Staying Human During Residency Training: How to Survive and Thrive After Medical School

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University of Toronto Press, 2008 - Medical - 164 pages
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Known as an invaluable resource by thousands of doctors across North America, Staying Human during Residency Training is a concise manual designed for medical students, interns, residents and fellows in all areas of specialization. Covering every aspect of a resident's life from choosing a residency program, to coping with stress, enhancing self-care, and protecting personal and professional relationships, this fourth edition updates important material with new references, resources, and websites.

Containing an expanded section on learning and teaching, this new edition also has an increased emphasis on balance, personal values and professionalism. With the same vitality of previous editions, Dr. Allan D. Peterkin provides hundreds of practical tips on coping with sleep deprivation, time pressures, and other issues of concern for hospital residents, while also discussing ethical and legal matters, issues pertinent to women, parents, as well as international, and minority students. Offering advice on how to deepen relationships with colleagues, friends, and family, and to foster more empathic connection with patients, he also offers practical antidotes to cynicism, careerism, and burnout.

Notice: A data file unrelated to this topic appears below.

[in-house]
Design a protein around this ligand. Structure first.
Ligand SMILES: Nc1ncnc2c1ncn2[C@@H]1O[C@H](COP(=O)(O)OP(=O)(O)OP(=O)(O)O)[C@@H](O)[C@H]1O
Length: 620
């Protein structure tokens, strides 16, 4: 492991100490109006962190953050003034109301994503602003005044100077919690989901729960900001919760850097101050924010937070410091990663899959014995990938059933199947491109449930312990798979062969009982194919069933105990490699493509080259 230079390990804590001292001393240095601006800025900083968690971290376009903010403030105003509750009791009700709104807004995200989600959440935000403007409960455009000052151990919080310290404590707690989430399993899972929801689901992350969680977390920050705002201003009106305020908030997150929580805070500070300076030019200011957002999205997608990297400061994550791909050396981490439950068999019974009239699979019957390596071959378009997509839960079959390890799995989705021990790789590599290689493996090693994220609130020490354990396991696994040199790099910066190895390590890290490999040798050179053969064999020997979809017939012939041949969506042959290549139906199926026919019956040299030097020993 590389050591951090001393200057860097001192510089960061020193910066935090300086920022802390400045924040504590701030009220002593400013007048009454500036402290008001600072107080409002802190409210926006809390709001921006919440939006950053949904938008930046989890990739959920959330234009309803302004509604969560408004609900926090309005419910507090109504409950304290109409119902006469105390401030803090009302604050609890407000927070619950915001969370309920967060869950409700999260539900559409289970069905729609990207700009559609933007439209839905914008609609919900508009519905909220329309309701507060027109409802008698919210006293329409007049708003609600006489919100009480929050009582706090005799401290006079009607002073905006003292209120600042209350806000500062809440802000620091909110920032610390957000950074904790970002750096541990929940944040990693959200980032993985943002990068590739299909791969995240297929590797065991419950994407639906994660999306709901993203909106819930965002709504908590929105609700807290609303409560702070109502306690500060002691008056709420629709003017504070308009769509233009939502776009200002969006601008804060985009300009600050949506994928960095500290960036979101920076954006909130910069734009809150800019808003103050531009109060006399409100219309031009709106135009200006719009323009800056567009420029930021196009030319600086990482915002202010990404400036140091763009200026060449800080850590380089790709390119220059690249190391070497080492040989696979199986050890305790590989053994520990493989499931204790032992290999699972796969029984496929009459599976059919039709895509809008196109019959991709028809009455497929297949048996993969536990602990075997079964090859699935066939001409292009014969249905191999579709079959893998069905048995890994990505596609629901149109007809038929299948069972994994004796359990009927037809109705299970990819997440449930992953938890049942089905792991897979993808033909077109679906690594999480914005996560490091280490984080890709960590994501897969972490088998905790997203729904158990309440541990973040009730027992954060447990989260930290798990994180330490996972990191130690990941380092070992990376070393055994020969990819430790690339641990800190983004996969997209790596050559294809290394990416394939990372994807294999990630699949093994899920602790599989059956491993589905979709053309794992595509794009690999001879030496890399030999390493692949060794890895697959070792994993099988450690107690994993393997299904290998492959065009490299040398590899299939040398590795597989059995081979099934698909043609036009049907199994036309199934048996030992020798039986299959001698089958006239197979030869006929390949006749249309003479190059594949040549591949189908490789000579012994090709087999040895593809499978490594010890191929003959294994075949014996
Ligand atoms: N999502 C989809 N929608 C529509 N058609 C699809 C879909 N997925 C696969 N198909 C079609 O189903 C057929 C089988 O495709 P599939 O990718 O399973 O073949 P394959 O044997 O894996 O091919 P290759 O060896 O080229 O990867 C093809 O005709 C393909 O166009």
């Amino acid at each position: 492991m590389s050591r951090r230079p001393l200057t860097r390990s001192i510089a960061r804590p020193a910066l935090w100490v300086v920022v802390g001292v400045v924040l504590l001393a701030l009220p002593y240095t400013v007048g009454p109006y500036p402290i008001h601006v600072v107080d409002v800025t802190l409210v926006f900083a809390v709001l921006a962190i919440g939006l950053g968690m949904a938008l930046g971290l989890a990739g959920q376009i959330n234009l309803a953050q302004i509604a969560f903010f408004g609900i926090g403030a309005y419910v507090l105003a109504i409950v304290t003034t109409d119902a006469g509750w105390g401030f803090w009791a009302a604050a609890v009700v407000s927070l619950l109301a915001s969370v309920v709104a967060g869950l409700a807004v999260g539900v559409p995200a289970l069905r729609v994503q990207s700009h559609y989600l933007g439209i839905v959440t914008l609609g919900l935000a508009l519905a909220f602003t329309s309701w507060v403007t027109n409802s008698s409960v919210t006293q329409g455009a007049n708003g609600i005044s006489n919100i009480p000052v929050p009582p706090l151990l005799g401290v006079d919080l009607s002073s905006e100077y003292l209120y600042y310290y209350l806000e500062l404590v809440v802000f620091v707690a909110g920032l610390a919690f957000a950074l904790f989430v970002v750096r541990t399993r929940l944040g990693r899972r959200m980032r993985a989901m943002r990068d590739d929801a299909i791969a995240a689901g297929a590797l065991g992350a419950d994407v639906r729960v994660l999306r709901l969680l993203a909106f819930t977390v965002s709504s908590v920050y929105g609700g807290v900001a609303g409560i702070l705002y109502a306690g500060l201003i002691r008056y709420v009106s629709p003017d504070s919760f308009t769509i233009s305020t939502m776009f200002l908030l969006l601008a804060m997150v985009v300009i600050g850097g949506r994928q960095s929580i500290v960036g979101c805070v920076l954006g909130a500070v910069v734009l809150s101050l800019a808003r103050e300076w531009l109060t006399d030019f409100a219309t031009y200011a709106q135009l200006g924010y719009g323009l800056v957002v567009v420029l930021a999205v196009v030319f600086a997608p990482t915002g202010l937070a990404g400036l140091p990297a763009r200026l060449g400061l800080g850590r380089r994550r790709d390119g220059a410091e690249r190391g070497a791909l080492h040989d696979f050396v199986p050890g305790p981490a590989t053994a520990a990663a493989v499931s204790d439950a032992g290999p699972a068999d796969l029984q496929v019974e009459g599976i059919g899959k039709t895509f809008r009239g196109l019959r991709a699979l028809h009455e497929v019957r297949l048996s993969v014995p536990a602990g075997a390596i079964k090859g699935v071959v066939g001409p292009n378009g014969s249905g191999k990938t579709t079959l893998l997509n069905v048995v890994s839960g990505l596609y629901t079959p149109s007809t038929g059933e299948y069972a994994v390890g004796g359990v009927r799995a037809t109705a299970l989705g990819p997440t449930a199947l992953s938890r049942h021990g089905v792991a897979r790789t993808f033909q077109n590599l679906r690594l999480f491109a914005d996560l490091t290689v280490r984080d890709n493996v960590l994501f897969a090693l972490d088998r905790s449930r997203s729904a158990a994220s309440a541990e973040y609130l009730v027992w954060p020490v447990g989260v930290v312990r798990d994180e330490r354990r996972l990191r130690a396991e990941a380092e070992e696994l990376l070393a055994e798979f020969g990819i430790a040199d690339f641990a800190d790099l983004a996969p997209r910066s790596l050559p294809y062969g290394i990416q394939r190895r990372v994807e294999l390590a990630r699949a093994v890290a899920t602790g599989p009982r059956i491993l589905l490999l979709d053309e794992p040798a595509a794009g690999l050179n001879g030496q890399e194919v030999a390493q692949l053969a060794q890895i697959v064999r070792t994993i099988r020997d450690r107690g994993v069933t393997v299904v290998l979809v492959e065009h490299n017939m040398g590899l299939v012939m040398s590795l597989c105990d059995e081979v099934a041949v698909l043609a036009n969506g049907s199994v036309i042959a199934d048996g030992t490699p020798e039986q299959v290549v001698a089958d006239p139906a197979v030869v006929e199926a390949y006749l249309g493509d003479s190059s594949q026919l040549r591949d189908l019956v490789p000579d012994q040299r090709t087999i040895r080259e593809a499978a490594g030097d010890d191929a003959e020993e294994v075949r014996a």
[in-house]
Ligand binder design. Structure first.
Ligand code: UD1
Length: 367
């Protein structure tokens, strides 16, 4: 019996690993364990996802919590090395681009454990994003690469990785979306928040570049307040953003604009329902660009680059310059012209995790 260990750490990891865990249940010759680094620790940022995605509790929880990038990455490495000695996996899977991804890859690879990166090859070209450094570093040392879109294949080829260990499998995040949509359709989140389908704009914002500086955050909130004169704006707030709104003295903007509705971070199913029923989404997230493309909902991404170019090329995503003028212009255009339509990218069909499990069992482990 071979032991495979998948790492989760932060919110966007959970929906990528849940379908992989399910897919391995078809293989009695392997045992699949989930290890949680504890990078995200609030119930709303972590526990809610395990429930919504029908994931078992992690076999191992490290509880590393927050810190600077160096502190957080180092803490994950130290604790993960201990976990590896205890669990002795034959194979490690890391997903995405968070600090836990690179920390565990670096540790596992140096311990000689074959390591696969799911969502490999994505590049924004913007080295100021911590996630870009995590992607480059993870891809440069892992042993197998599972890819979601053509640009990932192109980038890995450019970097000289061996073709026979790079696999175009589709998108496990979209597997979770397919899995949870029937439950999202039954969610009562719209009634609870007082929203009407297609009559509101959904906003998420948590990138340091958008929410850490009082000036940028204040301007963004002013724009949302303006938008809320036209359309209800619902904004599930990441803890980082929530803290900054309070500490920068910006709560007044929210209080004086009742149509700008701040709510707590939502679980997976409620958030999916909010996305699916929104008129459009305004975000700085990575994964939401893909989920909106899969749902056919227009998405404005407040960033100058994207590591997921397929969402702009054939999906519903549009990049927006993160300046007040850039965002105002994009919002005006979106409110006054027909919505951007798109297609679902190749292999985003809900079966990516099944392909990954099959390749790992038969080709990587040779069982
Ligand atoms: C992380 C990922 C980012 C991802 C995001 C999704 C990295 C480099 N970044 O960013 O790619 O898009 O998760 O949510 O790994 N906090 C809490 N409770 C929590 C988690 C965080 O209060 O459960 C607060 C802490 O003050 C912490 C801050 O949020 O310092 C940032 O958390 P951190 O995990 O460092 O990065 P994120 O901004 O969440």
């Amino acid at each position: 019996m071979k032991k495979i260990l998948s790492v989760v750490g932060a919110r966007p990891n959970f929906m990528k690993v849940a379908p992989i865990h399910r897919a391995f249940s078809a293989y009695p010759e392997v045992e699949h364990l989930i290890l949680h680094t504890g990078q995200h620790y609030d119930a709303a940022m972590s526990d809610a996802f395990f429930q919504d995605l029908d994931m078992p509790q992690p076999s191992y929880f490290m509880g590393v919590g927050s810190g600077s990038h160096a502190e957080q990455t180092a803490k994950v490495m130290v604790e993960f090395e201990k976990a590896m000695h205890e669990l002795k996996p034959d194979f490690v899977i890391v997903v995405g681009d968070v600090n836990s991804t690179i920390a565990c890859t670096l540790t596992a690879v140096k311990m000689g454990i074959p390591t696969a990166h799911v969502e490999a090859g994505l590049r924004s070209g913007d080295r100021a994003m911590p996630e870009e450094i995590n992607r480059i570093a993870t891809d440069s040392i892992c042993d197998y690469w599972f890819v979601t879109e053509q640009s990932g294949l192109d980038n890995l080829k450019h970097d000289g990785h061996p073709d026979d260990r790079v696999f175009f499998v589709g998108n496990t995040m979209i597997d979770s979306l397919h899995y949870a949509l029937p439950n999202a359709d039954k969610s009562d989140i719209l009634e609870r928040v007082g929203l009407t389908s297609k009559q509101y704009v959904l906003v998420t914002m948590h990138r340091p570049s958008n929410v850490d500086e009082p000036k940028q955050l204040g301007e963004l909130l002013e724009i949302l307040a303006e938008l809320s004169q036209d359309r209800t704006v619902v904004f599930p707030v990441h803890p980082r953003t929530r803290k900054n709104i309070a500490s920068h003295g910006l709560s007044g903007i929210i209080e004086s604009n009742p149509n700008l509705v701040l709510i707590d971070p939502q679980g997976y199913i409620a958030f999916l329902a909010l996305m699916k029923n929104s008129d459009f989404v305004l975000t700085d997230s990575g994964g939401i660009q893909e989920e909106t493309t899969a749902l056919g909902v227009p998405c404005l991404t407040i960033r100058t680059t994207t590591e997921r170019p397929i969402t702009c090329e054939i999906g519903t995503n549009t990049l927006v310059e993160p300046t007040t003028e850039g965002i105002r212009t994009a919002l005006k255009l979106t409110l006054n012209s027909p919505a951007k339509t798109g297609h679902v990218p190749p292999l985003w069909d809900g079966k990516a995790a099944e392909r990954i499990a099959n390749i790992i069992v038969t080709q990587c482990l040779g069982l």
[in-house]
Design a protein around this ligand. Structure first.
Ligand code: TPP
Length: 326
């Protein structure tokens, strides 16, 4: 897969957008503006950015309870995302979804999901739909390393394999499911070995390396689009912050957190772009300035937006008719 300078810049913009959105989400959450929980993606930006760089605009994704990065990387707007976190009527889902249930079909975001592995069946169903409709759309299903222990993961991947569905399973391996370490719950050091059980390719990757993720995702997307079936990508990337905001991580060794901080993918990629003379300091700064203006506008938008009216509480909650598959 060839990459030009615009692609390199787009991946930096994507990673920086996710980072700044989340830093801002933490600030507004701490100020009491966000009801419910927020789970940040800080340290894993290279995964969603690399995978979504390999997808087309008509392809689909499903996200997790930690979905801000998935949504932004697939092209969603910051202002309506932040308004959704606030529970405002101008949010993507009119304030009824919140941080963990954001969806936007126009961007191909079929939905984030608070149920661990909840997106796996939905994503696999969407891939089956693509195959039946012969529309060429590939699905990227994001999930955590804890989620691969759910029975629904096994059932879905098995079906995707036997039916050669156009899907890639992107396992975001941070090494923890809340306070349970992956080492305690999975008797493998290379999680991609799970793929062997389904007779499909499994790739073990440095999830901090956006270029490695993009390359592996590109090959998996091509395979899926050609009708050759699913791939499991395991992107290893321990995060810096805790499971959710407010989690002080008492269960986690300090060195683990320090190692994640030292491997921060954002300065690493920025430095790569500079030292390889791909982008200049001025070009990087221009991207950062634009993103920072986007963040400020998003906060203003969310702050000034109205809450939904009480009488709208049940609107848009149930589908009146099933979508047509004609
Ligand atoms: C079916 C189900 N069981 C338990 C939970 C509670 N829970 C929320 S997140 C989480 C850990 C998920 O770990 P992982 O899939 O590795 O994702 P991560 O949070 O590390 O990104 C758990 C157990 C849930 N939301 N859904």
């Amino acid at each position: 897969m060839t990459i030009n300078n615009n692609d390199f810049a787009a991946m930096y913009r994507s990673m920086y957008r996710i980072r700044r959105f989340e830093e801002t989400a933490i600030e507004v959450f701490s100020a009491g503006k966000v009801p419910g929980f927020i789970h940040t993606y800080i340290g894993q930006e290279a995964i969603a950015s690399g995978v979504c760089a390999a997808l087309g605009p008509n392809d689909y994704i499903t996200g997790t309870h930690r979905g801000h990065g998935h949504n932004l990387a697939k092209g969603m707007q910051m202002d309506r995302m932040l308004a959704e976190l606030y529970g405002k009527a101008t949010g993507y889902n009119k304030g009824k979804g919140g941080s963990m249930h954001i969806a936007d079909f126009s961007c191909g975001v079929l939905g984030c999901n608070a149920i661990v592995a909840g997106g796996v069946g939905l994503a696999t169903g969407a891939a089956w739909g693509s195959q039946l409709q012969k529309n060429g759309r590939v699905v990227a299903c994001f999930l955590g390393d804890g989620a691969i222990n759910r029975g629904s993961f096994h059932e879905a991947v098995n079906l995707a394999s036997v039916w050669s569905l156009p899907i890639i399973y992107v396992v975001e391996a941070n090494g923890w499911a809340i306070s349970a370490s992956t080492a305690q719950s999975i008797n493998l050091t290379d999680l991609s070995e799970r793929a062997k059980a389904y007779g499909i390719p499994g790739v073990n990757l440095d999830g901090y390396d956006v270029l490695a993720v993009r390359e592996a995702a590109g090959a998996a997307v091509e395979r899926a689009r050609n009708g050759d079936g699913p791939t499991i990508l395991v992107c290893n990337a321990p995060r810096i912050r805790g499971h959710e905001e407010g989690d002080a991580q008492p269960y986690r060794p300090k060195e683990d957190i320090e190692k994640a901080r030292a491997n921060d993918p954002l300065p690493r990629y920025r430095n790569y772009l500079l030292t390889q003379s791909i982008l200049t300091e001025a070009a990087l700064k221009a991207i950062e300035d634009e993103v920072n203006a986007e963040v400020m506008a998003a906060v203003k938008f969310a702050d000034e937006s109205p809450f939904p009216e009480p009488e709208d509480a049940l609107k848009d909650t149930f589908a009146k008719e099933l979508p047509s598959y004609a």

Informative, compassionate, and professional, this new edition will again show why Staying Human during Residency Training is a veritable bible for medical students and new physicians pursuing postgraduate training.


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About the author (2008)

Allan D. Peterkin is a practising psychiatrist and an associate professor in the Departments of Psychiatry and Community and Family Medicine at the University of Toronto, where he also heads the Health, Arts, and Humanities Program

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